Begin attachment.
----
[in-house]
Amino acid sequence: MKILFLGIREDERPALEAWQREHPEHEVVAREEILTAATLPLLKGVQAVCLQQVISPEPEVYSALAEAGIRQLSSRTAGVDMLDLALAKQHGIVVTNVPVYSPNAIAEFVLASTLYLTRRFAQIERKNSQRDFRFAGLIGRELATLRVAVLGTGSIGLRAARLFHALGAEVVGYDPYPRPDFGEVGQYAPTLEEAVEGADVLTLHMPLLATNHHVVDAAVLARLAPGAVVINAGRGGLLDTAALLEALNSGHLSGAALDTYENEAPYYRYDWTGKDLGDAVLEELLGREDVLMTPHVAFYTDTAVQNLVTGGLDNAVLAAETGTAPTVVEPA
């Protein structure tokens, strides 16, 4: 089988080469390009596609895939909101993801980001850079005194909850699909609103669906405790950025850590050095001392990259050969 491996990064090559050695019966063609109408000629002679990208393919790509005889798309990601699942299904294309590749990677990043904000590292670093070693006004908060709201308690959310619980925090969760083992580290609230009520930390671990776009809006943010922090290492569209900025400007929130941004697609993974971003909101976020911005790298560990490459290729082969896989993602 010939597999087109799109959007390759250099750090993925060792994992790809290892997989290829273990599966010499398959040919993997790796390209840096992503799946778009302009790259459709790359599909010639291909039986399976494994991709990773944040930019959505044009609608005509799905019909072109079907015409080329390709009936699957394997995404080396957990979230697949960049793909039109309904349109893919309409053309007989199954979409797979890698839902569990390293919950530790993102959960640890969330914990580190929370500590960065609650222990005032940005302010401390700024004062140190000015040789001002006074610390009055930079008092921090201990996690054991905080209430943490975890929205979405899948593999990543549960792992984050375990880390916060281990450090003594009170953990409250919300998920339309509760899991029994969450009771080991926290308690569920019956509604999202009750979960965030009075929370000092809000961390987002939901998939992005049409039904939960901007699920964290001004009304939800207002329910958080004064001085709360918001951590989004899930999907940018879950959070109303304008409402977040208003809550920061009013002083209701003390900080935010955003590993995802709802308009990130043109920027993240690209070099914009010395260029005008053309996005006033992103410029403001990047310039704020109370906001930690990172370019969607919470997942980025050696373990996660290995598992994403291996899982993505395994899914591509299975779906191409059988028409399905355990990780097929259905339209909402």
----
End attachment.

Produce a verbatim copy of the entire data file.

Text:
[in-house]
Amino acid sequence: MKILFLGIREDERPALEAWQREHPEHEVVAREEILTAATLPLLKGVQAVCLQQVISPEPEVYSALAEAGIRQLSSRTAGVDMLDLALAKQHGIVVTNVPVYSPNAIAEFVLASTLYLTRRFAQIERKNSQRDFRFAGLIGRELATLRVAVLGTGSIGLRAARLFHALGAEVVGYDPYPRPDFGEVGQYAPTLEEAVEGADVLTLHMPLLATNHHVVDAAVLARLAPGAVVINAGRGGLLDTAALLEALNSGHLSGAALDTYENEAPYYRYDWTGKDLGDAVLEELLGREDVLMTPHVAFYTDTAVQNLVTGGLDNAVLAAETGTAPTVVEPA
């Protein structure tokens, strides 16, 4: 089988080469390009596609895939909101993801980001850079005194909850699909609103669906405790950025850590050095001392990259050969 491996990064090559050695019966063609109408000629002679990208393919790509005889798309990601699942299904294309590749990677990043904000590292670093070693006004908060709201308690959310619980925090969760083992580290609230009520930390671990776009809006943010922090290492569209900025400007929130941004697609993974971003909101976020911005790298560990490459290729082969896989993602 010939597999087109799109959007390759250099750090993925060792994992790809290892997989290829273990599966010499398959040919993997790796390209840096992503799946778009302009790259459709790359599909010639291909039986399976494994991709990773944040930019959505044009609608005509799905019909072109079907015409080329390709009936699957394997995404080396957990979230697949960049793909039109309904349109893919309409053309007989199954979409797979890698839902569990390293919950530790993102959960640890969330914990580190929370500590960065609650222990005032940005302010401390700024004062140190000015040789001002006074610390009055930079008092921090201990996690054991905080209430943490975890929205979405899948593999990543549960792992984050375990880390916060281990450090003594009170953990409250919300998920339309509760899991029994969450009771080991926290308690569920019956509604999202009750979960965030009075929370000092809000961390987002939901998939992005049409039904939960901007699920964290001004009304939800207002329910958080004064001085709360918001951590989004899930999907940018879950959070109303304008409402977040208003809550920061009013002083209701003390900080935010955003590993995802709802308009990130043109920027993240690209070099914009010395260029005008053309996005006033992103410029403001990047310039704020109370906001930690990172370019969607919470997942980025050696373990996660290995598992994403291996899982993505395994899914591509299975779906191409059988028409399905355990990780097929259905339209909402």